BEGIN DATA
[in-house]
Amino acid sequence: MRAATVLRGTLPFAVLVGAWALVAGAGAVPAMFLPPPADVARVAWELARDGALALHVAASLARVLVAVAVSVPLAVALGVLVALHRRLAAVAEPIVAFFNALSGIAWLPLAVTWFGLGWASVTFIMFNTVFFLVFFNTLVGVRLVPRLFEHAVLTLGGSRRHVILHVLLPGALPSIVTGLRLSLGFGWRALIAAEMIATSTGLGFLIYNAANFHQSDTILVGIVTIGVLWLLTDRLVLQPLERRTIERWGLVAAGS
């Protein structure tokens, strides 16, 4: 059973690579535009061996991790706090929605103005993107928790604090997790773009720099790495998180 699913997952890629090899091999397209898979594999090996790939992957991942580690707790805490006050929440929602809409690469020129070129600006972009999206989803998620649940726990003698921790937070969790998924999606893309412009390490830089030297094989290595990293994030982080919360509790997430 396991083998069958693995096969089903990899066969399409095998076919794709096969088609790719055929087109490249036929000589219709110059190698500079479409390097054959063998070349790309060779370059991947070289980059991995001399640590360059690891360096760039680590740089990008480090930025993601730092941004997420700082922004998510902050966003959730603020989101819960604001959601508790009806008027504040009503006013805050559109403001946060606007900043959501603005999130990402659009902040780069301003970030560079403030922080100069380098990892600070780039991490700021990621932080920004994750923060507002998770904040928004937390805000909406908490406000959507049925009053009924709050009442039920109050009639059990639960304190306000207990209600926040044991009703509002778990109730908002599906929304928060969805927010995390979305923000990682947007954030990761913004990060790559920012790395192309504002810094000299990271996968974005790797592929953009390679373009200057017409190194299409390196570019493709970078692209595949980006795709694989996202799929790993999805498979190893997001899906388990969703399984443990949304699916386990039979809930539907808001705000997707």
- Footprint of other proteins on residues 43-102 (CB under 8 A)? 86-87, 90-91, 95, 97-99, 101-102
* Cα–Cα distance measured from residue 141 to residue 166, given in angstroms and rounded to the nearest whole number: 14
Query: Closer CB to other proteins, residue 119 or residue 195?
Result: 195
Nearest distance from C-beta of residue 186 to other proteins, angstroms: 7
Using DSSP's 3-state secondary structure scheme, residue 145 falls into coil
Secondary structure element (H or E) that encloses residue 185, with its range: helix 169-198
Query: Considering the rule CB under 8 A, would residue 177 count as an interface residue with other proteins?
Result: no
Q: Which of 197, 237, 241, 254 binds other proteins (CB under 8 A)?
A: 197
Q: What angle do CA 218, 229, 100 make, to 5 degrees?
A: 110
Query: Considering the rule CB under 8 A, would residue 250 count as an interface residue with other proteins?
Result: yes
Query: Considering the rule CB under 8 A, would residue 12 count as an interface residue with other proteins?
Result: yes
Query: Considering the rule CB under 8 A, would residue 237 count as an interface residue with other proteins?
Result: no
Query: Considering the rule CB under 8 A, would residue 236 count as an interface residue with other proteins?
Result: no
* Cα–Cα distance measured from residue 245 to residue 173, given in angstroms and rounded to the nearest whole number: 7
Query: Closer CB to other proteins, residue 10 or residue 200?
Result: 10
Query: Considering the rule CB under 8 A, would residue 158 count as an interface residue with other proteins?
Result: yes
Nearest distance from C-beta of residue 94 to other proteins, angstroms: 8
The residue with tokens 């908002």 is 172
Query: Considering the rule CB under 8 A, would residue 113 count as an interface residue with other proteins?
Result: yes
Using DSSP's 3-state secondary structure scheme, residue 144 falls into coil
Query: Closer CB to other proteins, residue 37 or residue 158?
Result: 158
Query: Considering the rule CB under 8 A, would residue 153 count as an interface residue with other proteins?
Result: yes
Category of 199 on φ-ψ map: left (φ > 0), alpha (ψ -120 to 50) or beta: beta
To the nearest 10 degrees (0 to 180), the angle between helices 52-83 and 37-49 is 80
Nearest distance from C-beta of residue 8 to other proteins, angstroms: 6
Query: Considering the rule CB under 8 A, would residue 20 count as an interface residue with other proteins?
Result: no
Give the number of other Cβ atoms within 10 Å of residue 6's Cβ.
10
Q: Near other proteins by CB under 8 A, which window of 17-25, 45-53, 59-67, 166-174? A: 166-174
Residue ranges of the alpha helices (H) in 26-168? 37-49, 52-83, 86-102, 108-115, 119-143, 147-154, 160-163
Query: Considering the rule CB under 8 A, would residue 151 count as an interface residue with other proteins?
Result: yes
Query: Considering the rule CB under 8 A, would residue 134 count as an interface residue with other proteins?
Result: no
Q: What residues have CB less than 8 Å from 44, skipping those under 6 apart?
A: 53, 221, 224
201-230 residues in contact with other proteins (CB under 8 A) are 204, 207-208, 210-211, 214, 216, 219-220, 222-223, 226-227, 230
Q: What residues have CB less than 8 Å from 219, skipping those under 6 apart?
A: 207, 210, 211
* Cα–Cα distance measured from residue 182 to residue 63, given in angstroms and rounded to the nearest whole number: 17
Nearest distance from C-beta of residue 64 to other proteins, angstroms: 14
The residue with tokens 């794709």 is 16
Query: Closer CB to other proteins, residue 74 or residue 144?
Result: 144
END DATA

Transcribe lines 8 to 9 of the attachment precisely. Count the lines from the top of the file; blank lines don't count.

Nearest distance from C-beta of residue 186 to other proteins, angstroms: 7
Using DSSP's 3-state secondary structure scheme, residue 145 falls into coil